Identify nonpregnant cows early, but not too early, after insemination.
Identifying nonpregnant cows early after insemination improves reproductive performance and reduces the interval between successive A.I. services. This early identification should be coupled with an aggressive strategy to rapidly reinseminate open cows. While the early pregnancy diagnosis has its benefits, cows diagnosed pregnant early postinsemination have a greater risk for subsequent pregnancy loss compared to those cows diagnosed later after insemination. If left unidentified, cows that subsequently lose a pregnancy reduce reproductive efficiency.
Bottom line, rectal palpation should not be done before about 34 days after A.I., whereas ultrasound should not be done before about 28 to 30 days after A.I. It is also critical to include pregnancy rechecks, usually at around 60 days and at dry-off, to identify cows that experience pregnancy loss.
Aggressively reinseminate nonpregnant cows.
Synchronization protocols and timed A.I. have definitely improved service rate at first A.I. service and reduced the impact of poor estrous detection. However, benefits from improved first A.I. submission rates are often followed by a lengthy time lag when cows failing to conceive are detected and reinseminated. Although new strategies are being developed, Resynch-32, where all cows receive GnRH 32 days after a previous timed A.I. and pregnancy diagnosis occurs at 39 days so that nonpregnant cows can continue the protocol, is the best available strategy. This recommendation is based on data in which the earliest Resynch intervals of 19 or 26 days after timed A.I. do not yield the greatest fertility. Additionally, assessing a cow’s pregnancy status should be delayed until the latest possible time after timed A.I. and during Resynch to ensure that diagnostic outcomes using ultrasound are not confounded by subsequent pregnancy loss. New resynch strategies are being tested to reduce the interval between timed A.I. while also improving fertility and may eventually displace the Resynch-32 protocol as the protocol of choice in the dairy industry.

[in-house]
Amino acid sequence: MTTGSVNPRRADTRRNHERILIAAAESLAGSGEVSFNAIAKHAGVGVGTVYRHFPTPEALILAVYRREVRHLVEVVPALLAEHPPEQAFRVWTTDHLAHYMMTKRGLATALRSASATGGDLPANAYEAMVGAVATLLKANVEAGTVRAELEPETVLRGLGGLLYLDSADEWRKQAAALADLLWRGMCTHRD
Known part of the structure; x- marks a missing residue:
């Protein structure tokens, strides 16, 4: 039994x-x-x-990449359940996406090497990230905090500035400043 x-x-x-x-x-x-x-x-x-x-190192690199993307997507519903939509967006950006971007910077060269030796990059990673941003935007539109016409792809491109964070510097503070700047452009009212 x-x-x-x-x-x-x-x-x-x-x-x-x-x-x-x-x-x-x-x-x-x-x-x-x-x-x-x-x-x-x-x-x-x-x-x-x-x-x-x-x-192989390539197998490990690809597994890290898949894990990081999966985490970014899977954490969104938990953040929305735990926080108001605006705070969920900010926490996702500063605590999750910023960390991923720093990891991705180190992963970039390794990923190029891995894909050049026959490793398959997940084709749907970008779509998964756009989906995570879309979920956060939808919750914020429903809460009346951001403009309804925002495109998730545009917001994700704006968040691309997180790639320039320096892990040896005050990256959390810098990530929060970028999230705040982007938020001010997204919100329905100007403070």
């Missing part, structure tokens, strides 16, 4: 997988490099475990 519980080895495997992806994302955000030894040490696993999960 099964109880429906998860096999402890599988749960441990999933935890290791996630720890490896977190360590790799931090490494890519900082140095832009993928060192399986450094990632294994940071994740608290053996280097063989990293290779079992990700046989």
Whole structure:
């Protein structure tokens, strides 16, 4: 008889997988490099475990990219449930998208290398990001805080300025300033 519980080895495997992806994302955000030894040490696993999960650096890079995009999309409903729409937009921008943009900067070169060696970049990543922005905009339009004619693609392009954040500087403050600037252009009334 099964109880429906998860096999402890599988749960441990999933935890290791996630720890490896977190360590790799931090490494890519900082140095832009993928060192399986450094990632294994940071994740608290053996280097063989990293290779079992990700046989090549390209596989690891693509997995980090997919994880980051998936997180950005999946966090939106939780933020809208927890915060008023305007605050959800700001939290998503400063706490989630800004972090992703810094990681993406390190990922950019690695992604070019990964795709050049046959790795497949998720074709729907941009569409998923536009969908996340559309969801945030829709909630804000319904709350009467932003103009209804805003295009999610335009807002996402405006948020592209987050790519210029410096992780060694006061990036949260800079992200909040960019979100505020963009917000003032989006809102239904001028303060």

Adopt and adapt to new technologies.
Many technologies are becoming available to help manage reproduction. Time will tell which new technologies will be incorporated and which will not. Each dairy manager must evaluate the potential that these new technologies offer to their dairy. Much research is being conducted to determine how multiple technologies can be synergistically implemented onto dairies. Several technologies are entering the commercial market or are on the horizon including:
- methods to better manage cows (RFID tags and readers, dairy management software programs)
- systems for synchronizing and resynchronizing cows (Double Ovsynch and Resynch systems)
- electronic activity monitors to aid in detection of estrus (Allpro, CowTracker, Moo-Monitor, and Select Detect systems)
- chemical methods for early nonpregnancy diagnosis (BioPRYN and DG29)
It will be interesting and exciting to see how the industry ultimately incorporates these technologies to improve reproductive efficiency.